Business tax rate reductions decreased revenue – NH Business Review

First published in NH Business Review, September 8, 2023

Rate reductions in New Hampshire’s Business Profits Tax and Business Enterprise Tax implemented between 2016 and 2022 did not appear to spur sufficient economic growth to offset revenue losses.

While combined business tax revenues rose 118% between state fiscal years 2015 and 2022, the concurrent tax rate reductions did not cause this revenue growth. As detailed in NHFPI’s August 2, 2023 Issue Brief, six key pieces of evidence support this conclusion.

First, while BPT revenues increased during this time, BET revenues stagnated. Available state data show BET receipts were lower in tax years 2019 and 2020 than in 2015, before the rate reductions.

Second, from the creation of the BPT in 1970 through 2022, there is no statistically significant correlation between the tax rate and job growth, or between the tax rate and gross state product growth in New Hampshire relative to New England overall.

If the rate reductions were creating sufficient economic growth to offset revenue losses, responses to lower rates would likely be detectable. Personal income per capita growth, after adjusting for consumer price inflation in New England, was similar across Maine, Massachusetts and New Hampshire between 2015 and 2022.

Third, combined state-level corporate tax revenues in other New England states, as well as among all 50 states, rose similarly or faster than New Hampshire business tax revenues between fiscal years 2015 and 2021, making the Granite State’s recent increase far from unique.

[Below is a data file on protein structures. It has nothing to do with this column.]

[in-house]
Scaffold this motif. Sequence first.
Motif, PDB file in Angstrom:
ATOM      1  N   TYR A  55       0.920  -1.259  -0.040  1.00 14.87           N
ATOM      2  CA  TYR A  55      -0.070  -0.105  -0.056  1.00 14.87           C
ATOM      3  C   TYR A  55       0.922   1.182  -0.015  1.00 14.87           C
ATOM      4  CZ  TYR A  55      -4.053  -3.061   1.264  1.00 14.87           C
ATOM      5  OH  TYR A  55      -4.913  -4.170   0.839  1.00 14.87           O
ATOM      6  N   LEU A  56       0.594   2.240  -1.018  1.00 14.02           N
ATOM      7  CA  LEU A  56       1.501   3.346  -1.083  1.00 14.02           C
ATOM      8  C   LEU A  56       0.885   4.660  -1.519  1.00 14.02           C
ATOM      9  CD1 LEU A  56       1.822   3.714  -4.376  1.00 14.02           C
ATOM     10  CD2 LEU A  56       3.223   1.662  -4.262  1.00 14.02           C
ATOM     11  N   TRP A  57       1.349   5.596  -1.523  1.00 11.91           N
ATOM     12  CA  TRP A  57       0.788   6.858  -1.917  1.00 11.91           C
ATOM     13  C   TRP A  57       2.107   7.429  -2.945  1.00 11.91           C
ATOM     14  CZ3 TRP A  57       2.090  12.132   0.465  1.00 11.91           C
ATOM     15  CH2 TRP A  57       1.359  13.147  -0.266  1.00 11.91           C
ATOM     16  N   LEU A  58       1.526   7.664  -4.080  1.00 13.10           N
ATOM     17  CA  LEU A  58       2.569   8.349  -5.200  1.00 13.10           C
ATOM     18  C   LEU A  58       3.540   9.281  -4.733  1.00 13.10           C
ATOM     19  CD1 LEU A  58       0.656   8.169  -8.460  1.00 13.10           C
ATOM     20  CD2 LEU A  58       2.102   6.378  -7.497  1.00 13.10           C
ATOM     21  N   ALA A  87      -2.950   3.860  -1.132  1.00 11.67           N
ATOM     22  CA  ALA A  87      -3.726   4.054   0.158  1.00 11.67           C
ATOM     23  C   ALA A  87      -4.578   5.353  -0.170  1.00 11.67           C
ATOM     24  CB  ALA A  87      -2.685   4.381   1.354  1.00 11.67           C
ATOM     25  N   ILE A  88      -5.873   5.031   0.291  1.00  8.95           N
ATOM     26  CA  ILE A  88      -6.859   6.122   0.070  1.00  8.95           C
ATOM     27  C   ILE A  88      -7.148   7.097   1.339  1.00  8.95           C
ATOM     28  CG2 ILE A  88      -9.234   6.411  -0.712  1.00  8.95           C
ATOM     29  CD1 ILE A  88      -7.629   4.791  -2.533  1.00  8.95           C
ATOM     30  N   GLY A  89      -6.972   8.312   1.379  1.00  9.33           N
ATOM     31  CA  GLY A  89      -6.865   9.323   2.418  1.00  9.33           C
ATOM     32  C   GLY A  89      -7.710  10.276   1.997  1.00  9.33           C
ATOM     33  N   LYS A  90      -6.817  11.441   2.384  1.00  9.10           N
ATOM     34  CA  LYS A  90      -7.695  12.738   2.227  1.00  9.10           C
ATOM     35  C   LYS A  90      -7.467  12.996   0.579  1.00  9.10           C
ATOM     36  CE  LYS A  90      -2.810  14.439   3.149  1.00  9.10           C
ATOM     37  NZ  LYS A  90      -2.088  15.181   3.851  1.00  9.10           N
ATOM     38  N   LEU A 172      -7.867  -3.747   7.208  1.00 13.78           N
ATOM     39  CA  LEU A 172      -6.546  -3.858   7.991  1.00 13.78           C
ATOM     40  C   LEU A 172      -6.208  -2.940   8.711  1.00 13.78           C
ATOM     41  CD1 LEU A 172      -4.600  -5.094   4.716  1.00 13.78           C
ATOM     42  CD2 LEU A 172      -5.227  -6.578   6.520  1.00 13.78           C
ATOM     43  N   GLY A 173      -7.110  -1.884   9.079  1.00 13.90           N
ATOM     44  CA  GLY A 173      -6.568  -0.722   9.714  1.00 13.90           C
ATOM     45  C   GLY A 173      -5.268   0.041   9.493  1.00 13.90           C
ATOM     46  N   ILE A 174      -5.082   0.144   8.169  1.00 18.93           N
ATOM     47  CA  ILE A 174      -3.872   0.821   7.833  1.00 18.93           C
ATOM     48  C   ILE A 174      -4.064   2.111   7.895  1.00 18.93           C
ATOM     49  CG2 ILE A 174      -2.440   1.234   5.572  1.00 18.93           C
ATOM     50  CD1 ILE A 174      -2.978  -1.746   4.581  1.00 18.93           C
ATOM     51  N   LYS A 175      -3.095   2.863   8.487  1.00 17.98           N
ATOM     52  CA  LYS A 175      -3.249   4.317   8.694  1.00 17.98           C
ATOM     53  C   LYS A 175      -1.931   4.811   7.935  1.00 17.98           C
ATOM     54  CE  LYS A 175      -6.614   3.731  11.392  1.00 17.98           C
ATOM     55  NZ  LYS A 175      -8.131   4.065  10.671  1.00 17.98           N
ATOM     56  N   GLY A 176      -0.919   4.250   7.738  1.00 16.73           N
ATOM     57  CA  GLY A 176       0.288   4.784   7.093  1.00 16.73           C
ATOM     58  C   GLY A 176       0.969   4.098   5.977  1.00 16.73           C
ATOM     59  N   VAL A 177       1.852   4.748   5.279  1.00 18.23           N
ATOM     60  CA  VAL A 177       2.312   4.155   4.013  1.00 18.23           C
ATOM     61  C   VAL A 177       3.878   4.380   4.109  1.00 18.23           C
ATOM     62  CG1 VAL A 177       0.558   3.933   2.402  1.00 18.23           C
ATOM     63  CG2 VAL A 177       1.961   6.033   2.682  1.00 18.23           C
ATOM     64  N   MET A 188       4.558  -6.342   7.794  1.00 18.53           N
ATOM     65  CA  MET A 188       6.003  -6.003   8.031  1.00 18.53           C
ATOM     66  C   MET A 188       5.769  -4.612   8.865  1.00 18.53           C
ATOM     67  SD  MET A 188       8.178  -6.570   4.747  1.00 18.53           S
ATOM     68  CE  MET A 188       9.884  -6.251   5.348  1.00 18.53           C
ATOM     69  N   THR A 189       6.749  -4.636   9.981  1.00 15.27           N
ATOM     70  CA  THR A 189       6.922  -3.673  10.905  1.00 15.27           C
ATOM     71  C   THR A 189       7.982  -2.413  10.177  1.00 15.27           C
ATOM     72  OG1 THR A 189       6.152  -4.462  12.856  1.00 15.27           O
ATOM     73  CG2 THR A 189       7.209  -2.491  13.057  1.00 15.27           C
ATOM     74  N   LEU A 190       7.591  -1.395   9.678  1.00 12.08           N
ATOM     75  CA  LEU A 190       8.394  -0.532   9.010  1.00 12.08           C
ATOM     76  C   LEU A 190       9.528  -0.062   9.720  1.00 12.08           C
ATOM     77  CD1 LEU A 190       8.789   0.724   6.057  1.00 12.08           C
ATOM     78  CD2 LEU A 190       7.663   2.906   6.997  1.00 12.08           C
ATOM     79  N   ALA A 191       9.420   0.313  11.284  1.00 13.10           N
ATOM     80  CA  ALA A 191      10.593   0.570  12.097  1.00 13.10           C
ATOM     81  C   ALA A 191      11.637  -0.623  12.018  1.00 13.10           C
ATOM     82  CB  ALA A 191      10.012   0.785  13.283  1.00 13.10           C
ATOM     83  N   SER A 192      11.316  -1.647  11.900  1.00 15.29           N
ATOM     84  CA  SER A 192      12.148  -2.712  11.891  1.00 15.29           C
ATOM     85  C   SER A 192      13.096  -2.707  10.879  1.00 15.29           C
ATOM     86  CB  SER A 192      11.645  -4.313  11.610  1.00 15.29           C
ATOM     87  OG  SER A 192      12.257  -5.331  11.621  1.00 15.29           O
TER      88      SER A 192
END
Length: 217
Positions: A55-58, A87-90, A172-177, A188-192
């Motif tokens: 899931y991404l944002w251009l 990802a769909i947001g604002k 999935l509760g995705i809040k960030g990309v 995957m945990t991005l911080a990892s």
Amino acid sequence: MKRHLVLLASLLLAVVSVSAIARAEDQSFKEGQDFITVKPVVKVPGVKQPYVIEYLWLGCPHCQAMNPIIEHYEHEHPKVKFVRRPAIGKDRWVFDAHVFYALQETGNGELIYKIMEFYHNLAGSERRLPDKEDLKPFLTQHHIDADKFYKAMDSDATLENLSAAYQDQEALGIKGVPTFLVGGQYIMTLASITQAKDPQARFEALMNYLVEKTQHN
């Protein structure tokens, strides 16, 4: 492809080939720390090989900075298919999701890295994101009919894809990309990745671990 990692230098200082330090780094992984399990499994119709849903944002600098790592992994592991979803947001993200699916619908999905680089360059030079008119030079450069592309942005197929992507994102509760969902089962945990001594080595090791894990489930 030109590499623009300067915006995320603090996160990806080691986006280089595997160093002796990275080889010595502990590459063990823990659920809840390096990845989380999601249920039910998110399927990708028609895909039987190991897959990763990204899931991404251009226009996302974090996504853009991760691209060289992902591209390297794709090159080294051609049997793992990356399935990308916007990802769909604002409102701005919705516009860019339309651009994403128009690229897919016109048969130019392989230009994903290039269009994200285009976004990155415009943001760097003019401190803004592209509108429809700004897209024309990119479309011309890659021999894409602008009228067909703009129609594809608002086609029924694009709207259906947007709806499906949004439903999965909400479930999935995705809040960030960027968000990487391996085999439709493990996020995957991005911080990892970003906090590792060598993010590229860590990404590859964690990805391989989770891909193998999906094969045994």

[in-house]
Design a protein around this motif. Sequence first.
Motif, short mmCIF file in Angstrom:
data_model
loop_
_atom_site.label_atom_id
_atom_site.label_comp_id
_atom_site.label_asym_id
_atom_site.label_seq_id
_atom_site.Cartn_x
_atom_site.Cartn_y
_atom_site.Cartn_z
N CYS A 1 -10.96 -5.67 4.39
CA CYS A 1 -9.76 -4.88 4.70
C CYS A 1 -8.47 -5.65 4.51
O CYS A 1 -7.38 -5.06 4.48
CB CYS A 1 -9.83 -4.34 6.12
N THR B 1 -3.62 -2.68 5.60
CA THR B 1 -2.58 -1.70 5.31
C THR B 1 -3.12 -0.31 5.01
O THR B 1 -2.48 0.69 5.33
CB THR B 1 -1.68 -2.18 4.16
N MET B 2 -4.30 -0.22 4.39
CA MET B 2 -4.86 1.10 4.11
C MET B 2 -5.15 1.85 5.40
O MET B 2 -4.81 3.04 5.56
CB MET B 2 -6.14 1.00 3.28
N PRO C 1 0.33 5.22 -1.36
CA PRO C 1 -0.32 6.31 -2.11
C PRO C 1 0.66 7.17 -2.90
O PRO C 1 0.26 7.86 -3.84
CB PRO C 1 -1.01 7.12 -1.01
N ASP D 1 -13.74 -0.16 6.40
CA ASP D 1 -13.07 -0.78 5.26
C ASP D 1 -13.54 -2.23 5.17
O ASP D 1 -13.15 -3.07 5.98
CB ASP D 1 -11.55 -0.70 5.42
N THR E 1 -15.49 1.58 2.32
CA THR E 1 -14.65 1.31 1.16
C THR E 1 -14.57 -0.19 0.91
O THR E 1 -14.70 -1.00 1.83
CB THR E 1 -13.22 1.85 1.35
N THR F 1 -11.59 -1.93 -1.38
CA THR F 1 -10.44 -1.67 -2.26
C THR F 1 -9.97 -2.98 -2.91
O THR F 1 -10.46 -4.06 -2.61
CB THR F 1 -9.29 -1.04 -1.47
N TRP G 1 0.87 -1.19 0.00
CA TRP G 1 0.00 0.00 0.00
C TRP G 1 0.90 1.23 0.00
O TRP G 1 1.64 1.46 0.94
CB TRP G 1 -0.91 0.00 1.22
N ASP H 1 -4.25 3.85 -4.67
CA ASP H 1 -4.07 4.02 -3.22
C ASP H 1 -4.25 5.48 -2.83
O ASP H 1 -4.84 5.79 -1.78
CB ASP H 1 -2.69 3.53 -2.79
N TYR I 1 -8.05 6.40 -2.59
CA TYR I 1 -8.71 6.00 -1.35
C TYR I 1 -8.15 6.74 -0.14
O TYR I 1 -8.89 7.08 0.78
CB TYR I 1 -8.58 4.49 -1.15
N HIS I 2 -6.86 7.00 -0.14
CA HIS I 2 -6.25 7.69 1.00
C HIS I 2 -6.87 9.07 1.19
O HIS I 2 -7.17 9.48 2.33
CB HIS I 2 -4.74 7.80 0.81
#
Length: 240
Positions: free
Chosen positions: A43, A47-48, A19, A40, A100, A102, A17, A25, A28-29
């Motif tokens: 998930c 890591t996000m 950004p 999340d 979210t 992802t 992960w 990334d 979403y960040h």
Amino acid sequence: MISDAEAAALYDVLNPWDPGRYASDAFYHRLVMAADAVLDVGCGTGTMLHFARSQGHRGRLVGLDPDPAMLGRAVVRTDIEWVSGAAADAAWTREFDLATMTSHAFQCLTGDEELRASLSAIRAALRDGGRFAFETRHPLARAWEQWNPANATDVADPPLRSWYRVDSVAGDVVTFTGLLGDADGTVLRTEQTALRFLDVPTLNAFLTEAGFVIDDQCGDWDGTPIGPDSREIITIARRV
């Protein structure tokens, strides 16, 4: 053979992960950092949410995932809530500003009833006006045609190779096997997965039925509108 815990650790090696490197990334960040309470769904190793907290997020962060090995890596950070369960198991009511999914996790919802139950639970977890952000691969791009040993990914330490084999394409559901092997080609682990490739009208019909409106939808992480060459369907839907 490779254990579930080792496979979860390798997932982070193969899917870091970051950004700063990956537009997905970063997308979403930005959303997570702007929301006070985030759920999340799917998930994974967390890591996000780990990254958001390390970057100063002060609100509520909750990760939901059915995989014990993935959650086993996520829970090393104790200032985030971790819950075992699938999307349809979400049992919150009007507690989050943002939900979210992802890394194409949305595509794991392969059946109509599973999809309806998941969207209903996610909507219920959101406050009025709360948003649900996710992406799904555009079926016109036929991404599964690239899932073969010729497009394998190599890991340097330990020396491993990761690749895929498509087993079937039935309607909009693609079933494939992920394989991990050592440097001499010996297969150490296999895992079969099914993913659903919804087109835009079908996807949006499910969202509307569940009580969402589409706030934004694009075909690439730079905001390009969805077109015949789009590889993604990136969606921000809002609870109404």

Fourth, multinational entities pay the majority of BPT revenue, making their corporate profits a key part of the tax base.

National corporate profits have surged since 2015, particularly since the pandemic’s beginning, due to influences beyond New Hampshire policy.

Fifth, while the number of business tax filers increased between 2015 and 2020, revenues rose much faster, suggesting growth was not driven by an influx of businesses.

Sixth, research from other states and nationally, including peer-reviewed research published between 2013 and 2022, does not indicate reducing state corporate tax rates is likely to increase revenue, or have a dramatic effect on economic activity overall.

This evidence does not eliminate the potential for business tax rate reductions to help the economy, but does show these reductions did not have a detectable impact on the New Hampshire economy that led to state revenue growth, or offset losses, across tax years 2016 to 2022.

Rate reductions during this period likely led to between $496 million and $729 million in forgone State revenue.

Phil Sletten is research director of the NH Fiscal Policy Institute. The NHFPI Policy Memo is a partnership of the NH Fiscal Policy Institute and NH Business Review.